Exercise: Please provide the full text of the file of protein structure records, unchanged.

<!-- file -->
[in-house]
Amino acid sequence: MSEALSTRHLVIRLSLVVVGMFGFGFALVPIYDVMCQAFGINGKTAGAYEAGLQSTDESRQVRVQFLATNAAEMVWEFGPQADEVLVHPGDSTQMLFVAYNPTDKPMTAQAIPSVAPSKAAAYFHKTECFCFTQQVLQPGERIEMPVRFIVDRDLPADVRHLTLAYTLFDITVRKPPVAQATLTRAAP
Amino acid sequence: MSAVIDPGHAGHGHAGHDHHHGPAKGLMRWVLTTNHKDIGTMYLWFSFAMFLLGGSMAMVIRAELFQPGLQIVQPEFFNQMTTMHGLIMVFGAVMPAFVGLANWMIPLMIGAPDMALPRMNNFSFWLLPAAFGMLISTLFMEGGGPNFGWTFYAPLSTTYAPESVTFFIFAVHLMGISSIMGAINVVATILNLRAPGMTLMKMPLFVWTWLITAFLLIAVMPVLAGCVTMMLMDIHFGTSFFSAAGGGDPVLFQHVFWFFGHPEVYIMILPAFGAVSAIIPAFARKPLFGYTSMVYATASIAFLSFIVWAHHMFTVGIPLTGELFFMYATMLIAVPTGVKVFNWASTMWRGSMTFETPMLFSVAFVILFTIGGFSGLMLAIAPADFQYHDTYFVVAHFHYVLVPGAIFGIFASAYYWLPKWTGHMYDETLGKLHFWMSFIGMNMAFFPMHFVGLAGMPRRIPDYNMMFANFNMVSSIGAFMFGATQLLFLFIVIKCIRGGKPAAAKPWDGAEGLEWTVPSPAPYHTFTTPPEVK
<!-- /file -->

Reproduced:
[in-house]
Amino acid sequence: MSEALSTRHLVIRLSLVVVGMFGFGFALVPIYDVMCQAFGINGKTAGAYEAGLQSTDESRQVRVQFLATNAAEMVWEFGPQADEVLVHPGDSTQMLFVAYNPTDKPMTAQAIPSVAPSKAAAYFHKTECFCFTQQVLQPGERIEMPVRFIVDRDLPADVRHLTLAYTLFDITVRKPPVAQATLTRAAP
Amino acid sequence: MSAVIDPGHAGHGHAGHDHHHGPAKGLMRWVLTTNHKDIGTMYLWFSFAMFLLGGSMAMVIRAELFQPGLQIVQPEFFNQMTTMHGLIMVFGAVMPAFVGLANWMIPLMIGAPDMALPRMNNFSFWLLPAAFGMLISTLFMEGGGPNFGWTFYAPLSTTYAPESVTFFIFAVHLMGISSIMGAINVVATILNLRAPGMTLMKMPLFVWTWLITAFLLIAVMPVLAGCVTMMLMDIHFGTSFFSAAGGGDPVLFQHVFWFFGHPEVYIMILPAFGAVSAIIPAFARKPLFGYTSMVYATASIAFLSFIVWAHHMFTVGIPLTGELFFMYATMLIAVPTGVKVFNWASTMWRGSMTFETPMLFSVAFVILFTIGGFSGLMLAIAPADFQYHDTYFVVAHFHYVLVPGAIFGIFASAYYWLPKWTGHMYDETLGKLHFWMSFIGMNMAFFPMHFVGLAGMPRRIPDYNMMFANFNMVSSIGAFMFGATQLLFLFIVIKCIRGGKPAAAKPWDGAEGLEWTVPSPAPYHTFTTPPEVK